It didn't mention classical music at all in fact, local or otherwise. I suppose as a classical music fan, I should be offended by that. But the fact is, I'm used to it. The Monmouth/Ocean media and general population overlook classical music. It's very difficult to generate an audience for it, even if you're a world-class outfit like the New Jersey Symphony Orchestra or the Opera New Jersey. That's why theaters in Monmouth County aren't even on the radar for groups like Opera New Jersey. That's why the 50-summer run of the Metro Lyric Opera could halt without any public outcry and without attempt to replace it. That's why NJSO now limits its performances here to an educational "Best Of ..." series of one-hour concerts--the NJSO is bending over backward to cultivate an audience because the culture for appreciating classical music just doesn't exist here.

When the media talk about live music, they are generally talking about longtime pop radio celebrities of one stripe or another, names that can fill thousands of seats at a shot. But that's just not who we are musically, nor is it who we want to be. I don't expect everyone to be a classical music and jazz fan. But most of the live music that happens here is in yet another category: hundreds of small local bands that are touring and may exist as a performing unit only for a year or two. But even that rich, vital culture of bands and clubs that host them gets barely a whipser of mention in this APP editorial. Instead the writer mentions only the big theaters and arenas and the acts that can fill them. The most commericial kind of musical experience.

While some current pop stars, like Lady Gaga, make the list, most of the names mentioned by the APP writer are stars in their 60s and 70s who've turned gray playing their hits of 30 years ago. Classical and jazz traditions exist to continually reinvent the past, but pop rock does not. It exists in the moment and then quickly fades into memory. As a group, what these artists have to offer is notalgia for a time when their music was relevant. There's nothing wrong with that. But if we're trumpeting the musical vitality of New Jersey, citing the living dead as an example is hardly the way to go about it.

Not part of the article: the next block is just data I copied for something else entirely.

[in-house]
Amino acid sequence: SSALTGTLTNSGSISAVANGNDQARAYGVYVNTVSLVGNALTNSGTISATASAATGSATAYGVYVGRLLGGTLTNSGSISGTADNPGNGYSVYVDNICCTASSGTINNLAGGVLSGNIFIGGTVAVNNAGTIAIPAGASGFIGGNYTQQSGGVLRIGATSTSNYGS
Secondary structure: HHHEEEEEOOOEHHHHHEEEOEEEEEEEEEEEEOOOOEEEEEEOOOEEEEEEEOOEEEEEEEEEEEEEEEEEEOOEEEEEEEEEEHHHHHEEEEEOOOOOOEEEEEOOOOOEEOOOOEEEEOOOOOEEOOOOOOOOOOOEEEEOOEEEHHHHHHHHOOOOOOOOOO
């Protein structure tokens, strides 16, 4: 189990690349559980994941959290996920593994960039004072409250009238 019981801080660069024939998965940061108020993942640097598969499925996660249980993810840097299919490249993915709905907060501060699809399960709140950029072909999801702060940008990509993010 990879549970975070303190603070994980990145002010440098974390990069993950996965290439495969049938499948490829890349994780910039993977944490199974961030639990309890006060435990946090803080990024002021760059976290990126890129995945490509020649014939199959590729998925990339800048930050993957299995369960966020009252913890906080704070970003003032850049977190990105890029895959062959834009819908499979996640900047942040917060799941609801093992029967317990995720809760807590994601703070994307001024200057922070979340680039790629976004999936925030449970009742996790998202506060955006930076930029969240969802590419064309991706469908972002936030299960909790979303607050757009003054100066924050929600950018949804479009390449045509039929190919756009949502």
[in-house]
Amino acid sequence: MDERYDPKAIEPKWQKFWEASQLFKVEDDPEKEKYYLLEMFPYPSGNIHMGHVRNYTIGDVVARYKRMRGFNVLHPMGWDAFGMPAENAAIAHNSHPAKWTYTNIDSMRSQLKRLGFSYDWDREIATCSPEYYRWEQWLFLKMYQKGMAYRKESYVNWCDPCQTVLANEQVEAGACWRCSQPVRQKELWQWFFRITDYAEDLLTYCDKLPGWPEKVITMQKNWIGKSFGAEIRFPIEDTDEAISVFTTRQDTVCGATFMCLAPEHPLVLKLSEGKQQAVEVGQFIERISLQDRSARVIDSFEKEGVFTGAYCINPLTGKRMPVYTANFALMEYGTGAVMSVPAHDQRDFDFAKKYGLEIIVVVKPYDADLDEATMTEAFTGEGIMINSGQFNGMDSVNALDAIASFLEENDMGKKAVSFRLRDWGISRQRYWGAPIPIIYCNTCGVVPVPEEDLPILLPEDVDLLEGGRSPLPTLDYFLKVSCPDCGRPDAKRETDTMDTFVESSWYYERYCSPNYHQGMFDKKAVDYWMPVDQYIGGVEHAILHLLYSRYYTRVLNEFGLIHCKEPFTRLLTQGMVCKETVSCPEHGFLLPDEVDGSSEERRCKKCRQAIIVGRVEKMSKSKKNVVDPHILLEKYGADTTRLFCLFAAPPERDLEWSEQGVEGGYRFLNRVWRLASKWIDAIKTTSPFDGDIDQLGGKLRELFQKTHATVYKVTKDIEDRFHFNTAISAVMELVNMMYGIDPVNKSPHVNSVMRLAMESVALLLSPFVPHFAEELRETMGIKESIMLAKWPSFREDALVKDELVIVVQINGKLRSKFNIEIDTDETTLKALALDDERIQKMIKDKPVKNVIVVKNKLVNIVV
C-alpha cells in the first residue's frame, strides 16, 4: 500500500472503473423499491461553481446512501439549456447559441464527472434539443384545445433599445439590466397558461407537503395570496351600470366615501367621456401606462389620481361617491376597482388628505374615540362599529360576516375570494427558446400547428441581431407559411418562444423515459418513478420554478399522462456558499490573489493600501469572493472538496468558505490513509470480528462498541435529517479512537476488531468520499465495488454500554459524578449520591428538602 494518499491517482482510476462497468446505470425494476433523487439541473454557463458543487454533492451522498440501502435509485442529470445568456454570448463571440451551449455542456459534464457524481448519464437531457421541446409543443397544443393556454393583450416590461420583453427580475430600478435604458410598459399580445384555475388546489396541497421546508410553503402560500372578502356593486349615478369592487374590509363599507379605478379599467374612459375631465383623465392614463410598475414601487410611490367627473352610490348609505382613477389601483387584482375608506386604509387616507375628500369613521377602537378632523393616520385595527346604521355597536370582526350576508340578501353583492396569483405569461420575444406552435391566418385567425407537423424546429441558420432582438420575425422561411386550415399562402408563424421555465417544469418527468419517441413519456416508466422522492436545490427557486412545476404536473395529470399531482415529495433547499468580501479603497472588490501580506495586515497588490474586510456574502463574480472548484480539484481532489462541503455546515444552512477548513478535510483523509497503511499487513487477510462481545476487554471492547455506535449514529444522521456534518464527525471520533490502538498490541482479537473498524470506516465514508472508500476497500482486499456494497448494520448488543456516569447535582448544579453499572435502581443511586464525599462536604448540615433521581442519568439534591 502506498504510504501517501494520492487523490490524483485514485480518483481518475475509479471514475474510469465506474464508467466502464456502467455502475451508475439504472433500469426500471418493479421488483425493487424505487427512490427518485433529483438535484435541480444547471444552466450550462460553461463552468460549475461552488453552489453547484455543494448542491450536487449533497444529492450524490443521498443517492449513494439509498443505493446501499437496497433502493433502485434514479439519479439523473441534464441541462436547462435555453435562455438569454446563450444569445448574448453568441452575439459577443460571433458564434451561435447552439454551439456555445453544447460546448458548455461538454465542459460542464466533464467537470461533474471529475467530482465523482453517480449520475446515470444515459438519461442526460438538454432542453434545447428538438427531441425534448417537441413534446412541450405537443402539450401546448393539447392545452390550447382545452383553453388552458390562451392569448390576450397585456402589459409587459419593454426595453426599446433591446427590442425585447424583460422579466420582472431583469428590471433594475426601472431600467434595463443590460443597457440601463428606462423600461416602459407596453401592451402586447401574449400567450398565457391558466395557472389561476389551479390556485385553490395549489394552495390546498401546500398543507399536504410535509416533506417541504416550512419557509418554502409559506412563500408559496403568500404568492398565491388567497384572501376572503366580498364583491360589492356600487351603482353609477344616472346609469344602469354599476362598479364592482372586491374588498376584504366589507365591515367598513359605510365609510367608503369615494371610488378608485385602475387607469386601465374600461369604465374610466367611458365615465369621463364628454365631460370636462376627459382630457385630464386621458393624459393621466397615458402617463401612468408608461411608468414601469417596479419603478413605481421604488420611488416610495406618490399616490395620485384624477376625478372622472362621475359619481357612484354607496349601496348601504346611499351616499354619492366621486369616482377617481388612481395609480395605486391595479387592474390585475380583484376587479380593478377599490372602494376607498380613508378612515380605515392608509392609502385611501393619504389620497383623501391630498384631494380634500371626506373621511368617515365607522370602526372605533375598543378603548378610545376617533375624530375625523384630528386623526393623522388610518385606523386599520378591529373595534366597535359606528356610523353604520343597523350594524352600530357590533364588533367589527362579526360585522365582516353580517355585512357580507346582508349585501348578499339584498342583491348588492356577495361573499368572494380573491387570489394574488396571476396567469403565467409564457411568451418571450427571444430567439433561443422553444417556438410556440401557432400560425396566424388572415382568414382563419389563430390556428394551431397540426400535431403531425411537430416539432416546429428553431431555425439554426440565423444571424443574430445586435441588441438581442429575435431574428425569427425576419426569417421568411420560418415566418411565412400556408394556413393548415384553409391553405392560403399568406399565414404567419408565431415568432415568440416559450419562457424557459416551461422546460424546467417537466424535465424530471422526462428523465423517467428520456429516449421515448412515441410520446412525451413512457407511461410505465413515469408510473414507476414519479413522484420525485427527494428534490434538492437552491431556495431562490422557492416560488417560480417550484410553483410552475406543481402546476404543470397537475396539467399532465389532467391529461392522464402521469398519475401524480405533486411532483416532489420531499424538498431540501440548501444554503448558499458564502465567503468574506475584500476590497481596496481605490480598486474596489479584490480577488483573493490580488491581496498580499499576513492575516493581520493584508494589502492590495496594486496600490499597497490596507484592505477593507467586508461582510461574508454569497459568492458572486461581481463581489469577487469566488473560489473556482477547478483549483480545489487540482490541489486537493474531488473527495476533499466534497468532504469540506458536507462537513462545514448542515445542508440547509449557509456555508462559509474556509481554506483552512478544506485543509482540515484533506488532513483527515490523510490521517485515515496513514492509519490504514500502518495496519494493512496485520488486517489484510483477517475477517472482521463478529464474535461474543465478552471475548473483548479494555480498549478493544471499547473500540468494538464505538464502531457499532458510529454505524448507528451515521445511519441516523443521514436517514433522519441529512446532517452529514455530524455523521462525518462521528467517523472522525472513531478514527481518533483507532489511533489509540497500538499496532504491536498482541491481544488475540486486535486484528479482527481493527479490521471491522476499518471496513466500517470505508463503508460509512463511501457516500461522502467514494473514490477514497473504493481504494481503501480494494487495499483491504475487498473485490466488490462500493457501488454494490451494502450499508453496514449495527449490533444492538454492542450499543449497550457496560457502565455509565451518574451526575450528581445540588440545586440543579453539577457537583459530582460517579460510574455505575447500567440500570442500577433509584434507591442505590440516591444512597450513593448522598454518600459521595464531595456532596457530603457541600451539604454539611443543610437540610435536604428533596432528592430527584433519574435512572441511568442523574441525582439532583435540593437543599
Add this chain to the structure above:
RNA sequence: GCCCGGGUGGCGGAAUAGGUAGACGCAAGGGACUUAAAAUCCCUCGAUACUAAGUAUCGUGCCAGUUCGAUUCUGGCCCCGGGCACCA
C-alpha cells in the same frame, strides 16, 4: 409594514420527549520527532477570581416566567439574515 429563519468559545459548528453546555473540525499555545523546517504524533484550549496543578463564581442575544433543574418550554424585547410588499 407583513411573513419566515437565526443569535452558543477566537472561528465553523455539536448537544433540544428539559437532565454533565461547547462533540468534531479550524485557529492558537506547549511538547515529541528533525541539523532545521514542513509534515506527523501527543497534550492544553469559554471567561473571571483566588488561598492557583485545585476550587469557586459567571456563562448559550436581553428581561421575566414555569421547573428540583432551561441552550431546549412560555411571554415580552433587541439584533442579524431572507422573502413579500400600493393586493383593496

Saturday, May 8, 2010

Vicentino, Grandfather of Microtonal Music

Below is a forwarded press release. The notion of "microtonal" music emerged as a response to the standardization of chromaticism in Renaissance Europe. Our musical tradition since that time has been based on the notion of 12 pitches within the octave, derived and defended by theorists using a cycle of intervals of a fifth (produced by the proportion 3:2). Vicentino was one of the earliest historical figures pointing out that there is nothing particularly "natural" or superior in such a limitation. He argued for an adjustment to the system to add in other possible divisions of the octave discussed by ancient Greek theorists, particularly the strange-sounding "enharmonic genus". Johnny Reinhard, also on this program, is one of today's leading proponents of microtonal music and is founder of the American Festival of Microtonal Music. I would love to be able to check out this recital, but I won't be able to make it.
    When: Saturday, May 15th at 8 PM
    Where: Church of St. Luke in the Fields (located at 487 Hudson Street), New York City
    Admission: $12 at the door, $10 for students
    Nicolo Vicentino (1511-1576) was a priest, composer, and music theorist who claimed that with proper support and encouragement he might revive the fabled secrets of ancient Greek music. Written for an a cappella vocal quartet, the piece was composed in the enharmonic genus, a secular Latin motet that sets a prose text in honor of Vicentino’s patron, Cardinal Ippolito d’Este (for whom Palestrina worked as well). Also on the program are works by Ge Ganru, Rami Seo, Sasha Bogdanowitsch, and Johhny Reinhard. The concert debuts the Terpstra synthesizer, along with amplified cello scordatura, Korean Gayageums, and a multitude of homemade instruments.


    Musica prisca caput tenebris modo sustulit altis, 
    Dulcibus ut numeris priscis certain factis, 
    Facta rua, Hyppolite, excelsium super aethera mittat.
    Ancient music of late has raised her head out of darkness, 
    So that, with antique and sweet numbers, to compete with ancient deeds,
    Your great deeds, Hyppolitus, she might send high above the heavens.  

Sunday, May 2, 2010

Missing Paragraphs

The second half of my Asbury Park Press column this week touches on the political stand against teachers taken by the state and by voters in certain districts. Three paragraphs of this discussion got edited out of the print version, purely for reasons of space. But the entirety appears on the website (click to the second page of the article, with the subtitle "In Praise of Teachers"). I strongly urge those of you interested to read it there. According my freelance contract, I don't own those articles and am forbidden from reprinting them, so you'll have to go there.

Undoubtedly though, I will restate those views here at some point, as I just can't seem to keep my mouth shut.